Myanmar Country Abbreviations

MM is the abbreviation for Burma (Myanmar), the 39th largest country in the world. Officially Republic of the Union of Myanmar, Burma is a country located in Southeast Asia, bordering 5 countries – Bangladesh, China, India, Laos, and Thailand. Naypyidaw is the capital city of Burma. Other major cities include Yangon (population: 4,477,638), Mandalay (population: 1,208,099), Nay Pyi Taw (population: 925,000), Mawlamyine (population: 438,861), Kyain Seikgyi Township (population: 246,065), Bago (population: 244,376), Pathein (population: 237,089), Monywa (population: 182,011), Sittwe (population: 177,743), and Meiktila (population: 177,442).

Country Profile

  • Capital: Naypyidaw
  • Language: Burmese
  • Area: 676,578 km2
  • Population: 53,582,855
  • Currency: Kyat (MMK)
  • Time zone: UTC+06:30
  • Calling code: +95
  • ISO 2-Letter Abbreviation: MM
  • UN 3-Letter Abbreviation: MMR
  • Internet TLD: .mm
  • State Government Website: http://myanmarevisa.gov.mm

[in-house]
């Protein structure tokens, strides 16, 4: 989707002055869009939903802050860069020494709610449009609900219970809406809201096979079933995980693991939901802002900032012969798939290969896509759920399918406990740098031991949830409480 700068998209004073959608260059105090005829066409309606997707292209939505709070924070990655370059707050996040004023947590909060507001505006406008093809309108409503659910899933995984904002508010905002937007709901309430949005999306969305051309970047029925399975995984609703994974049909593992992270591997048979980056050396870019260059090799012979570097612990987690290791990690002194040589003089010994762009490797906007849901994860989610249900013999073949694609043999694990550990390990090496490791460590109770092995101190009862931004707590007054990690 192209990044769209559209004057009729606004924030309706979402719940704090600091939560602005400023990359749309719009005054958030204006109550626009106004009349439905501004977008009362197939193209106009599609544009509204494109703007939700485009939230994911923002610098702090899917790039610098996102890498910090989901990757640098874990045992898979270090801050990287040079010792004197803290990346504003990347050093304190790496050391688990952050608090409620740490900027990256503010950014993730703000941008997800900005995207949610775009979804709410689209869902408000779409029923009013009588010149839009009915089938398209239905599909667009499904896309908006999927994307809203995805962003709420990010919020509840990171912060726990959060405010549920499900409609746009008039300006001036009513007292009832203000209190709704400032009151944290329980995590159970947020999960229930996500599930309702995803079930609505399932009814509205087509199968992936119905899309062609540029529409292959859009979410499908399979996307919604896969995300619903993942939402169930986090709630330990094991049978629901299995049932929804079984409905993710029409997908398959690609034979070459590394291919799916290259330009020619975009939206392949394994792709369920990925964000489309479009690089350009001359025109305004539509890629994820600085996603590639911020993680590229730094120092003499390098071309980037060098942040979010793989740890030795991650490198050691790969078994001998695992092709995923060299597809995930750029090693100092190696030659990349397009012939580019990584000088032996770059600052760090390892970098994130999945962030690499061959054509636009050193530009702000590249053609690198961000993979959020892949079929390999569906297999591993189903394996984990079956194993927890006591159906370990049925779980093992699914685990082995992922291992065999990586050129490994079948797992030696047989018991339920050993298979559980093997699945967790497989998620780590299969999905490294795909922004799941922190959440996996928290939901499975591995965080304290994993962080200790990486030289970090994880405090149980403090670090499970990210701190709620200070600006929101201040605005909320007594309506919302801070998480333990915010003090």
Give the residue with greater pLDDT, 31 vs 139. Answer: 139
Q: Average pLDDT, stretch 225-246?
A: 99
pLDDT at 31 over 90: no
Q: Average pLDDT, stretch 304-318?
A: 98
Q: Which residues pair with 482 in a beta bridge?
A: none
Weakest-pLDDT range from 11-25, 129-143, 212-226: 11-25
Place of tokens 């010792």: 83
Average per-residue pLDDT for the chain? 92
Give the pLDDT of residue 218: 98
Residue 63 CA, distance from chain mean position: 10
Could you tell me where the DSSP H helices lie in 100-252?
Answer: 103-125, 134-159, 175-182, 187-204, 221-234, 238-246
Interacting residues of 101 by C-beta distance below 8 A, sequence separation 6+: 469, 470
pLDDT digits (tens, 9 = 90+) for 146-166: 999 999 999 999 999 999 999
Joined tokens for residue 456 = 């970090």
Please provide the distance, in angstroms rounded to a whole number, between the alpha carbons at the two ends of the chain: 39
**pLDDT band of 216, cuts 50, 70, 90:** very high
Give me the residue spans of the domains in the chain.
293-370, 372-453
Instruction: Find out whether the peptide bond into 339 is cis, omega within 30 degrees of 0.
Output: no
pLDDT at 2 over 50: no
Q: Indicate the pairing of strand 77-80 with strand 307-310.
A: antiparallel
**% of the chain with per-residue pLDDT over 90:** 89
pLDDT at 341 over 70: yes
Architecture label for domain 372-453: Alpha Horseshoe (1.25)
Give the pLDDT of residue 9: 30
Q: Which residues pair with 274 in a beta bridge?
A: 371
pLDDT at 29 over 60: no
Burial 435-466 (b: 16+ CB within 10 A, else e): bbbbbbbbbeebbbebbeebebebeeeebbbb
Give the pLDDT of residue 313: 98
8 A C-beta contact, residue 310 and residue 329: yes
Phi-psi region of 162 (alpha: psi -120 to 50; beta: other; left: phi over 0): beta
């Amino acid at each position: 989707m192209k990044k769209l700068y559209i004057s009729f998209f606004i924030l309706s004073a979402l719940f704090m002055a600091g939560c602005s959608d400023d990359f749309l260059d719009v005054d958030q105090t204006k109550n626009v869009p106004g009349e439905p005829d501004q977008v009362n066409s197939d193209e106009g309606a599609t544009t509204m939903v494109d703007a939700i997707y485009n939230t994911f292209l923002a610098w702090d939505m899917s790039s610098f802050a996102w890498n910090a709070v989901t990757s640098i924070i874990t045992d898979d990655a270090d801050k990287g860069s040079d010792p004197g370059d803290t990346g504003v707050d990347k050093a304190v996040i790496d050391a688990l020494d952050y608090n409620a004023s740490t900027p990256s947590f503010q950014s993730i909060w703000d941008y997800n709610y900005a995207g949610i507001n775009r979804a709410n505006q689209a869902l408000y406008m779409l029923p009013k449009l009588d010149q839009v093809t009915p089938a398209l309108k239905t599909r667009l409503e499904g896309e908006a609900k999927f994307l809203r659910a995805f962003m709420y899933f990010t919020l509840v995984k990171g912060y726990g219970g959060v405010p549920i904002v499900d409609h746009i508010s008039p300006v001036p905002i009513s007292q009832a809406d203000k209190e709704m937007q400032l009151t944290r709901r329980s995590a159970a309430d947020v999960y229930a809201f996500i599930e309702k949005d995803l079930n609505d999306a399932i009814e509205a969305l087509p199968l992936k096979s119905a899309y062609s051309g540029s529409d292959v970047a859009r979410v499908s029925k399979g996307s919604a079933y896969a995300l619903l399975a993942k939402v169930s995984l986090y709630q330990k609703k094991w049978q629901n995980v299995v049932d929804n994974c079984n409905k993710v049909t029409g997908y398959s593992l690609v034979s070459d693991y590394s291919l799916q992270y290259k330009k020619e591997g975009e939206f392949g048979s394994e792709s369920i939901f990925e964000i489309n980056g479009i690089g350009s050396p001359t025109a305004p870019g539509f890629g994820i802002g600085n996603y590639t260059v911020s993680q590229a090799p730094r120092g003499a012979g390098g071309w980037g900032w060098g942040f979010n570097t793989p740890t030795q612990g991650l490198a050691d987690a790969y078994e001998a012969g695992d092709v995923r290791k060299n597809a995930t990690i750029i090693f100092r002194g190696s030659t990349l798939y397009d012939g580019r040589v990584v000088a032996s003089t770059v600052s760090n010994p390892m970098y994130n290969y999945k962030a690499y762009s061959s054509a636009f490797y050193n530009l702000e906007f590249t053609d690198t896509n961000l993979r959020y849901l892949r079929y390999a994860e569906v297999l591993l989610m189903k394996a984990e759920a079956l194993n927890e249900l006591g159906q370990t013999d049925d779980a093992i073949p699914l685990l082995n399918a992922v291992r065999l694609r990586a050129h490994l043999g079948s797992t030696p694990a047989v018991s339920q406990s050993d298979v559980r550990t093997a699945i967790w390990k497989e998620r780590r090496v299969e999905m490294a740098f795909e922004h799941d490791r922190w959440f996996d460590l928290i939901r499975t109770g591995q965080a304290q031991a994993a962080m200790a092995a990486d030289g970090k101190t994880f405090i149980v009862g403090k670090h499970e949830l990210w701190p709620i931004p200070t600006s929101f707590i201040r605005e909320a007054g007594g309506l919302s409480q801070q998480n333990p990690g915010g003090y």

Map of Myanmar

List of Myanmar Acronyms

The most commonly used abbreviations about Burma are MM which stands for Burma and MMK which means Kyat (Burma currency). In the following table, you can see all acronyms related to Burma, including abbreviations for airport, city, school, port, government, and etc.

MM: Myanmar

Abbreviation Meaning
CLMT Cambodia, Laos, Myanmar and Thailand
CRCM Christian Reformed Church in Myanmar
FIML Financial Institutions of Myanmar Law
FHAM Fund for HIV/AIDS in Myanmar
HMP Hope Myanmar Partnership
IMBTU Indo-Myanmar Border Traders’ Union
JMTC Japan-Myanmar Traditional Cultural
MM Myanmar
MADB Myanmar Agricultural Development Bank
MAS Myanmar Agricultural Service
MAI Myanmar Airway International
UBA Myanmar Airways
UB Myanmar Airways
MCPA Myanmar Computer Professionals Association
MCAB Myanmar Cultural Association of Brampton
MEHL Myanmar Economic Holdings, Ltd.
MERB Myanmar Education Research Bureau
MEPE Myanmar Electric Power Enterprise
MFF Myanmar Fisheries Federation
MIT Myanmar Institute of Theology
KT Myanmar Kyat
MLF Myanmar Livestock Federation
MMA Myanmar Medical Association
MNDA Myanmar National Democracy Alliance
MRTV Myanmar Radio and Television
MRMA Myanmar Rice Millers Association
MRTA Myanmar Rice Traders Association
MWJA Myanmar Writers and Journalists Association
MYCS Myanmar Young Catholic Students
NLM New Light of Myanmar
OBL Online Burma/Myanmar Library
RUM Republic of the Union of Myanmar
SBBR SOAS Bulletin of Burma Research (UK and Myanmar)
UMCCI Union of Myanmar Chamber of Commerce and Industry
RGN Yangon, Myanmar – Mingaladon

Geography